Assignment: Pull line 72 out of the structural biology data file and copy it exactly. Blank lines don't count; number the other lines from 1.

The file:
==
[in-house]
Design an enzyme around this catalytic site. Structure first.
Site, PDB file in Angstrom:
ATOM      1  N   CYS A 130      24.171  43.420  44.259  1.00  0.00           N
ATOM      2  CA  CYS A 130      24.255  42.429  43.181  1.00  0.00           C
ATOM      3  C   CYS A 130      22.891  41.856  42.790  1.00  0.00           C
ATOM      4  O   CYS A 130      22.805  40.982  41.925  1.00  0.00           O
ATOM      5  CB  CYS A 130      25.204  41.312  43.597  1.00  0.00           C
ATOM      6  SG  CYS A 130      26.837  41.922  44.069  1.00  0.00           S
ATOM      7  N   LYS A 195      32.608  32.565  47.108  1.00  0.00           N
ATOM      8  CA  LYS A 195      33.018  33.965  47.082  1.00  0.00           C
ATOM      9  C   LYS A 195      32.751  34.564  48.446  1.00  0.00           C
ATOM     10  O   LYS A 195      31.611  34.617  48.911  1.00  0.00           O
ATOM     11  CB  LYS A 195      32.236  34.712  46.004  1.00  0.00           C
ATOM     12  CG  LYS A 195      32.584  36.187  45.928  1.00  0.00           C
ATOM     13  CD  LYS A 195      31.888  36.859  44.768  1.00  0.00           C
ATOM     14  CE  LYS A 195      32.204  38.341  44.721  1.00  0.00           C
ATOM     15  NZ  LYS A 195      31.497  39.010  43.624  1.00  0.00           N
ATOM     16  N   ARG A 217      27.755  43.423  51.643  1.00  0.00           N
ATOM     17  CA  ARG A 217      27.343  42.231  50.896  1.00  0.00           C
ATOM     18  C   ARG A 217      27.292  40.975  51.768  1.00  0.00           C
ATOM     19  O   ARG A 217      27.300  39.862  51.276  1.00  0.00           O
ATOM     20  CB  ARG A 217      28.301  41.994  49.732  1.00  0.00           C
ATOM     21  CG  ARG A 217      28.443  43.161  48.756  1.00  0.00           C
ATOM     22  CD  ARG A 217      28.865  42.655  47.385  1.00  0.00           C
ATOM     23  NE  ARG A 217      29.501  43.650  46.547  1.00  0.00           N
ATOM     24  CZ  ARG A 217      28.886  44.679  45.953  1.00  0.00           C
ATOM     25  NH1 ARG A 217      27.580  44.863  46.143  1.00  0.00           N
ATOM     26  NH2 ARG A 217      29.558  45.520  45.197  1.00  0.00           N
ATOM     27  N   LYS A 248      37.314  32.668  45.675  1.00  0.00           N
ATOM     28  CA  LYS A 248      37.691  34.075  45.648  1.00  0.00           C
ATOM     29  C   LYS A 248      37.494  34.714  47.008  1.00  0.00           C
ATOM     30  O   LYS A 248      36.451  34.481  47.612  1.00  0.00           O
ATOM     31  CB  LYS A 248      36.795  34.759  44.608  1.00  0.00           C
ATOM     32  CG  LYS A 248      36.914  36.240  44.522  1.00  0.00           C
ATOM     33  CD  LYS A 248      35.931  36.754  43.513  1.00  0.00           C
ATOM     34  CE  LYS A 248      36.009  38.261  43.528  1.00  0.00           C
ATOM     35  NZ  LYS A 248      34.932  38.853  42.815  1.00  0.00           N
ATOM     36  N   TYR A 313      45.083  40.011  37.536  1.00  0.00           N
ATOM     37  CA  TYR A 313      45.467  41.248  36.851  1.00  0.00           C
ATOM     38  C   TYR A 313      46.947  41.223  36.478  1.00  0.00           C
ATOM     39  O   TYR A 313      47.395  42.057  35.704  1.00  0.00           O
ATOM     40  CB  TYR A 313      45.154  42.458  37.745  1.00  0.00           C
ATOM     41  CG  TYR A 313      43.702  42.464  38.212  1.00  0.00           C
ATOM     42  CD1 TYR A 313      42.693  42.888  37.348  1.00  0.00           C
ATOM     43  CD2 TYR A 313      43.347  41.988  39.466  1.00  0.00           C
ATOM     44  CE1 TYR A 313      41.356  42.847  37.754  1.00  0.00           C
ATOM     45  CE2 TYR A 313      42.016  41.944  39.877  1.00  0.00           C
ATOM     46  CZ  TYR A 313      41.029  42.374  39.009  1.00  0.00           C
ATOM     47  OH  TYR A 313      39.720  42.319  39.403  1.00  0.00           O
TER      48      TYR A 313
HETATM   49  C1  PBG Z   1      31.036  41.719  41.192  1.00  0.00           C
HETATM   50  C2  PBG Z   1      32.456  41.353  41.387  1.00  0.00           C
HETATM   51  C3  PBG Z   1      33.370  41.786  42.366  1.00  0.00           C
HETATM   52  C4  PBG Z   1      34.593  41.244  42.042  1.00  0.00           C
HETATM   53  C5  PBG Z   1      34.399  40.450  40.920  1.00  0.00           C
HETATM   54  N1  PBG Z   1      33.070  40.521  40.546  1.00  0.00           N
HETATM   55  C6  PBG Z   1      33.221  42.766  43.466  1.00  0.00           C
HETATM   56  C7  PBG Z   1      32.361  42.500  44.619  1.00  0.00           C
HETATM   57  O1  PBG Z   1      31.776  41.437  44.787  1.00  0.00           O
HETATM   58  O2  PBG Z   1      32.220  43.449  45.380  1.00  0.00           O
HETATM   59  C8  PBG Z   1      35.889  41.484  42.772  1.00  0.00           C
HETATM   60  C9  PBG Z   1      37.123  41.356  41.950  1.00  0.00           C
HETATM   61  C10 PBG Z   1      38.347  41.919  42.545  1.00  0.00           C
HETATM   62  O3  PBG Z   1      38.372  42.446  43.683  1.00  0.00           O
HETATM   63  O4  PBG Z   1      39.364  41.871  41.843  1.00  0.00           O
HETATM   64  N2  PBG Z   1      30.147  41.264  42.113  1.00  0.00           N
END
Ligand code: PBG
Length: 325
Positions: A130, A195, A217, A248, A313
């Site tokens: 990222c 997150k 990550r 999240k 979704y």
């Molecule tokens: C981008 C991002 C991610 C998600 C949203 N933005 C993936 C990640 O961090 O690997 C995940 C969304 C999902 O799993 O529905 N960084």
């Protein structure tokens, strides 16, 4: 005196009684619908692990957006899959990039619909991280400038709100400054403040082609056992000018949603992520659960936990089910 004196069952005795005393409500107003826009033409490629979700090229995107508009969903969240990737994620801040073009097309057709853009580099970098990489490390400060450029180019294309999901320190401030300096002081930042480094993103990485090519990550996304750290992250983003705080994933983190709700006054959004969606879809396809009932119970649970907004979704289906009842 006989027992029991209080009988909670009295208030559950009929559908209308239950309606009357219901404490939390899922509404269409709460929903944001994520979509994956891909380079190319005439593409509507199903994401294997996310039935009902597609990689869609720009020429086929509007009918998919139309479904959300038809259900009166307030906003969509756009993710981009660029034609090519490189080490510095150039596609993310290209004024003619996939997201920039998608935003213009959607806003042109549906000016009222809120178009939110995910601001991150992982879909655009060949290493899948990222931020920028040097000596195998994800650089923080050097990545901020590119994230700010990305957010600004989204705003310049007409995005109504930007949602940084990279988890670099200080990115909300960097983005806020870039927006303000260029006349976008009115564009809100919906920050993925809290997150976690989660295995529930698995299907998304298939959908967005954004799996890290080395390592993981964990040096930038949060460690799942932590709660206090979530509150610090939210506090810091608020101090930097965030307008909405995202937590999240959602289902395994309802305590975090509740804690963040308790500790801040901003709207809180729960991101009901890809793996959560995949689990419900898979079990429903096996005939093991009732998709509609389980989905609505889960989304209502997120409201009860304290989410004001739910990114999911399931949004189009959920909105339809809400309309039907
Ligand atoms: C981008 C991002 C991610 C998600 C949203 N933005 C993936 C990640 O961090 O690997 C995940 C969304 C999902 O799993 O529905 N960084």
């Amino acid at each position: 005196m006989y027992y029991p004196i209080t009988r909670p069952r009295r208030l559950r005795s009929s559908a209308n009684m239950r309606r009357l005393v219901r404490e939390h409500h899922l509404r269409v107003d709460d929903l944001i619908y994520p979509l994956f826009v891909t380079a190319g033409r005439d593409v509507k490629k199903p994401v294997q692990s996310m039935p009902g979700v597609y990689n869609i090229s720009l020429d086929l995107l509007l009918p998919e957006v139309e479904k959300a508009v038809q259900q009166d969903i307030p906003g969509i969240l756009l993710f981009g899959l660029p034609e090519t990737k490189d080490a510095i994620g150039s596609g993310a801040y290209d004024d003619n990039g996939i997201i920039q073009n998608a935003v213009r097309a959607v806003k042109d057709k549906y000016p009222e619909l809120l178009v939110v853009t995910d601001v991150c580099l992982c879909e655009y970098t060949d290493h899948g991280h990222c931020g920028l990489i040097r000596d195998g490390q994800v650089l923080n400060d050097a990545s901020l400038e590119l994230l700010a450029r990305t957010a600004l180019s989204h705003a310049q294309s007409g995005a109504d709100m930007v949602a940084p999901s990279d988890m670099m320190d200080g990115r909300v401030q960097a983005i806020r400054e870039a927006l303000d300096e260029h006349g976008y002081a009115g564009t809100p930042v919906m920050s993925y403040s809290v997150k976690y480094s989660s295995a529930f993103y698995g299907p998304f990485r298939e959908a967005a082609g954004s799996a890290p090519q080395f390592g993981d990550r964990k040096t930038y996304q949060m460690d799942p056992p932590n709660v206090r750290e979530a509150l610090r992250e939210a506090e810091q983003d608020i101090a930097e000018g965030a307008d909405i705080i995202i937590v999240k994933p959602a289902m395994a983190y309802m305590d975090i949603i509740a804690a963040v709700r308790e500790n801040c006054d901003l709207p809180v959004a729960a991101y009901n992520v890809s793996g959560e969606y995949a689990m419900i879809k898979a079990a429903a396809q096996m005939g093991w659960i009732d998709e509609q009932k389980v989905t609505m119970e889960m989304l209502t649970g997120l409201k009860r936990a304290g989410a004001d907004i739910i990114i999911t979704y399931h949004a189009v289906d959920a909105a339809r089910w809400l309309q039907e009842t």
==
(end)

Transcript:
């Site tokens: 990222c 997150k 990550r 999240k 979704y």